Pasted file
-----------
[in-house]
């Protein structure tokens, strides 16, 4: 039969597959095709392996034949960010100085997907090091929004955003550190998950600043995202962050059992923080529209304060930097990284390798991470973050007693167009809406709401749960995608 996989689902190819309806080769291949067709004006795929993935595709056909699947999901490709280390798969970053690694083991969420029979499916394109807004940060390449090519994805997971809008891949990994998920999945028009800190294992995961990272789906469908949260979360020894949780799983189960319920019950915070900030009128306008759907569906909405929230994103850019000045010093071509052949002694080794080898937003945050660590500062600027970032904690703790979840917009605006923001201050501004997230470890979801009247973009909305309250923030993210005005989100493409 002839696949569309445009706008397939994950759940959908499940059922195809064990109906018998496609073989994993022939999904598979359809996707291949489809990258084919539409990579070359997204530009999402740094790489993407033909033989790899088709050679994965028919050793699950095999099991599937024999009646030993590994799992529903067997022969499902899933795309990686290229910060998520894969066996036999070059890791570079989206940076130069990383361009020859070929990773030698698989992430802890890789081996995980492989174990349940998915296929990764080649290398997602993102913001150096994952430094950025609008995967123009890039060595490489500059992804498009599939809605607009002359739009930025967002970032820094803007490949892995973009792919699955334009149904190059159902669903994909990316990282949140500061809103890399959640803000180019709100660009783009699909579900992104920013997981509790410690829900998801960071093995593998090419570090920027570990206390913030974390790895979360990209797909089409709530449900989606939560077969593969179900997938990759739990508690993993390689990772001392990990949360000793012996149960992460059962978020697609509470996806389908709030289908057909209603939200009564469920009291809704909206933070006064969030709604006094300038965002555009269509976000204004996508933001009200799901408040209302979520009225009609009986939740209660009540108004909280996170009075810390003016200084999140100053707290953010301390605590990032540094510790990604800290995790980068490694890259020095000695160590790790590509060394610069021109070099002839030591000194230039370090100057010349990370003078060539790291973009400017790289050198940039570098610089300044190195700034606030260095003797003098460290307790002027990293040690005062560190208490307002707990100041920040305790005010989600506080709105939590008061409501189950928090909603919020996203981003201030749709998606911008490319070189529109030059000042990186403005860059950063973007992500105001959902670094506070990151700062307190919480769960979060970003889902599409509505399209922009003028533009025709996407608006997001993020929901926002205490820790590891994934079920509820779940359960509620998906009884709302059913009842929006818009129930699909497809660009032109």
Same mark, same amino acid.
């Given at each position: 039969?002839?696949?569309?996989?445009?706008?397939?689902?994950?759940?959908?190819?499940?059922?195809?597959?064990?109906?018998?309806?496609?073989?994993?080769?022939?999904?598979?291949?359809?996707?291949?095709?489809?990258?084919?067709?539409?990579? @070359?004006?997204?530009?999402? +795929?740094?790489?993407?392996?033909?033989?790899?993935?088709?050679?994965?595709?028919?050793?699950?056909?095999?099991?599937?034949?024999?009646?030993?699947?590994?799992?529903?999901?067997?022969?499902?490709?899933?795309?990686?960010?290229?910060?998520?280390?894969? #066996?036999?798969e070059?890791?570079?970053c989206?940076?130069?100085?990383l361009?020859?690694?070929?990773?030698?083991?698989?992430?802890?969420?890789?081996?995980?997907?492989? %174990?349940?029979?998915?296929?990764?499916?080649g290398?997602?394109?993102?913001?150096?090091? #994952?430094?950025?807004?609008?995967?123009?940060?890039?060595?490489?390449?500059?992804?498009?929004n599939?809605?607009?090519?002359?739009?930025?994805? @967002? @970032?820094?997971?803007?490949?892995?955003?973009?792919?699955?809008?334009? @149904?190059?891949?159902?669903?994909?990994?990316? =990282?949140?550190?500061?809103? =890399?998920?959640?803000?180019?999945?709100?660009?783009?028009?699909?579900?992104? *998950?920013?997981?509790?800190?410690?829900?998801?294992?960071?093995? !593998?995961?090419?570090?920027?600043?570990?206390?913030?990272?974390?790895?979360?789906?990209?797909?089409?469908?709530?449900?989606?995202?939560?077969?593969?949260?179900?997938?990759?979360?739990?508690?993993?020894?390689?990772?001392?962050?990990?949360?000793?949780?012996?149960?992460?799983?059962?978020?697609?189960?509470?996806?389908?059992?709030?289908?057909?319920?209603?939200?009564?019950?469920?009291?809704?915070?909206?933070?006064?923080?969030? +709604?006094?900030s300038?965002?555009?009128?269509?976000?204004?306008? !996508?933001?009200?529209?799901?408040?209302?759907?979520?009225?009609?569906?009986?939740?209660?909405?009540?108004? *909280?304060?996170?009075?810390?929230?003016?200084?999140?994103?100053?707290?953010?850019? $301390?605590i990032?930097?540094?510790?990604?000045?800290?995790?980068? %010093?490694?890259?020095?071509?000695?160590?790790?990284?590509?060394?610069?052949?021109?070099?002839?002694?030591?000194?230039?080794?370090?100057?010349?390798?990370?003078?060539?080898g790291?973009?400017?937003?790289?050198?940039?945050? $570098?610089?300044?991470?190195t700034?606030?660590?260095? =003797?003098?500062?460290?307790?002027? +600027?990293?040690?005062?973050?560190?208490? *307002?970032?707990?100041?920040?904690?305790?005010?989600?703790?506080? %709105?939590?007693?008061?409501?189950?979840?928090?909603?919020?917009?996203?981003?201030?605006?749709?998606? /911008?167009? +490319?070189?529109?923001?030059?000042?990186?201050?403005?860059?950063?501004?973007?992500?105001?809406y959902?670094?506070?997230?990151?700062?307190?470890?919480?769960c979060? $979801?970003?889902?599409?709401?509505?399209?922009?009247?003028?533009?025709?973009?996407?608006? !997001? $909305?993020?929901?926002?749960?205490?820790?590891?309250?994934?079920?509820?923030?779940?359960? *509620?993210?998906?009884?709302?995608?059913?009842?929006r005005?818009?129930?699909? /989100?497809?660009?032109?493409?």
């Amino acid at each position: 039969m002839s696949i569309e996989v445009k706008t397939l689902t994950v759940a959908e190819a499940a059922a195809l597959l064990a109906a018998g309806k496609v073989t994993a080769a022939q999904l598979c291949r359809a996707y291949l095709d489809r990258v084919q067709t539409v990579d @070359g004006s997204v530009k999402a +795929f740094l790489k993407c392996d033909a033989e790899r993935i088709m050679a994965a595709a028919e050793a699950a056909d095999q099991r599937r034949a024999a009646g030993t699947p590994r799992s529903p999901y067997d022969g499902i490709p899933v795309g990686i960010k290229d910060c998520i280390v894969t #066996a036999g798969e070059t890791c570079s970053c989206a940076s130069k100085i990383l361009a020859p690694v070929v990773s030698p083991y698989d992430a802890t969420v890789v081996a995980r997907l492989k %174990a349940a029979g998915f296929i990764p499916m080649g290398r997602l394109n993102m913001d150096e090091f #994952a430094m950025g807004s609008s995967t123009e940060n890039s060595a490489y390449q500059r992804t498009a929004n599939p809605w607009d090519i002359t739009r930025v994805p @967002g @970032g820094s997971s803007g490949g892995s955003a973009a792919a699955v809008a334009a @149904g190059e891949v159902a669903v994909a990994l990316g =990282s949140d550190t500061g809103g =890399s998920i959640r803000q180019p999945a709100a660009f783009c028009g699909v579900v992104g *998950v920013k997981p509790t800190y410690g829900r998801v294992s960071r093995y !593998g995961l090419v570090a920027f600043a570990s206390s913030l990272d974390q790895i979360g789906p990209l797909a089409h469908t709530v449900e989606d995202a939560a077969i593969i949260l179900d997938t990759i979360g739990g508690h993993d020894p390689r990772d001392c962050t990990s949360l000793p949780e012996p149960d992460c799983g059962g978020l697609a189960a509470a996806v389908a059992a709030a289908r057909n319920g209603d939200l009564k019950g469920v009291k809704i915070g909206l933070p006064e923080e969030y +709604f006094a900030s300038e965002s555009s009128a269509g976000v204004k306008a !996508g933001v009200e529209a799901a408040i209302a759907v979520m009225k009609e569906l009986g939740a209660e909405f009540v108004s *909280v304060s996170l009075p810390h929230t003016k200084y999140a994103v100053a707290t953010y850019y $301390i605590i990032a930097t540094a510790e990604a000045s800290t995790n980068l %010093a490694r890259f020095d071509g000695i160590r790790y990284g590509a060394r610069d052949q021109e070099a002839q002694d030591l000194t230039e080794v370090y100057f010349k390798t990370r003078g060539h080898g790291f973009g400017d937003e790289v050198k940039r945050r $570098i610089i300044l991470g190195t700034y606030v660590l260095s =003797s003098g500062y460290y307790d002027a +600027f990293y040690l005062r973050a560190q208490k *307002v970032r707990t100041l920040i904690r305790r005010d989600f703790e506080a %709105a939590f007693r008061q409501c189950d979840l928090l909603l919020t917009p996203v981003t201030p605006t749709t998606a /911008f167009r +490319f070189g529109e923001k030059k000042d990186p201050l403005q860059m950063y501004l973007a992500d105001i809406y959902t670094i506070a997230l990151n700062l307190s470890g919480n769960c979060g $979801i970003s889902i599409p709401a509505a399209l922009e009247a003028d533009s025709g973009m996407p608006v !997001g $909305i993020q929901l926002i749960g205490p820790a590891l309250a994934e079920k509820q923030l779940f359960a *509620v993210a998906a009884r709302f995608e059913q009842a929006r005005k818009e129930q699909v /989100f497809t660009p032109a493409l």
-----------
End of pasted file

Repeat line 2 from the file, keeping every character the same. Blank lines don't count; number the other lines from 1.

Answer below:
């Protein structure tokens, strides 16, 4: 039969597959095709392996034949960010100085997907090091929004955003550190998950600043995202962050059992923080529209304060930097990284390798991470973050007693167009809406709401749960995608 996989689902190819309806080769291949067709004006795929993935595709056909699947999901490709280390798969970053690694083991969420029979499916394109807004940060390449090519994805997971809008891949990994998920999945028009800190294992995961990272789906469908949260979360020894949780799983189960319920019950915070900030009128306008759907569906909405929230994103850019000045010093071509052949002694080794080898937003945050660590500062600027970032904690703790979840917009605006923001201050501004997230470890979801009247973009909305309250923030993210005005989100493409 002839696949569309445009706008397939994950759940959908499940059922195809064990109906018998496609073989994993022939999904598979359809996707291949489809990258084919539409990579070359997204530009999402740094790489993407033909033989790899088709050679994965028919050793699950095999099991599937024999009646030993590994799992529903067997022969499902899933795309990686290229910060998520894969066996036999070059890791570079989206940076130069990383361009020859070929990773030698698989992430802890890789081996995980492989174990349940998915296929990764080649290398997602993102913001150096994952430094950025609008995967123009890039060595490489500059992804498009599939809605607009002359739009930025967002970032820094803007490949892995973009792919699955334009149904190059159902669903994909990316990282949140500061809103890399959640803000180019709100660009783009699909579900992104920013997981509790410690829900998801960071093995593998090419570090920027570990206390913030974390790895979360990209797909089409709530449900989606939560077969593969179900997938990759739990508690993993390689990772001392990990949360000793012996149960992460059962978020697609509470996806389908709030289908057909209603939200009564469920009291809704909206933070006064969030709604006094300038965002555009269509976000204004996508933001009200799901408040209302979520009225009609009986939740209660009540108004909280996170009075810390003016200084999140100053707290953010301390605590990032540094510790990604800290995790980068490694890259020095000695160590790790590509060394610069021109070099002839030591000194230039370090100057010349990370003078060539790291973009400017790289050198940039570098610089300044190195700034606030260095003797003098460290307790002027990293040690005062560190208490307002707990100041920040305790005010989600506080709105939590008061409501189950928090909603919020996203981003201030749709998606911008490319070189529109030059000042990186403005860059950063973007992500105001959902670094506070990151700062307190919480769960979060970003889902599409509505399209922009003028533009025709996407608006997001993020929901926002205490820790590891994934079920509820779940359960509620998906009884709302059913009842929006818009129930699909497809660009032109």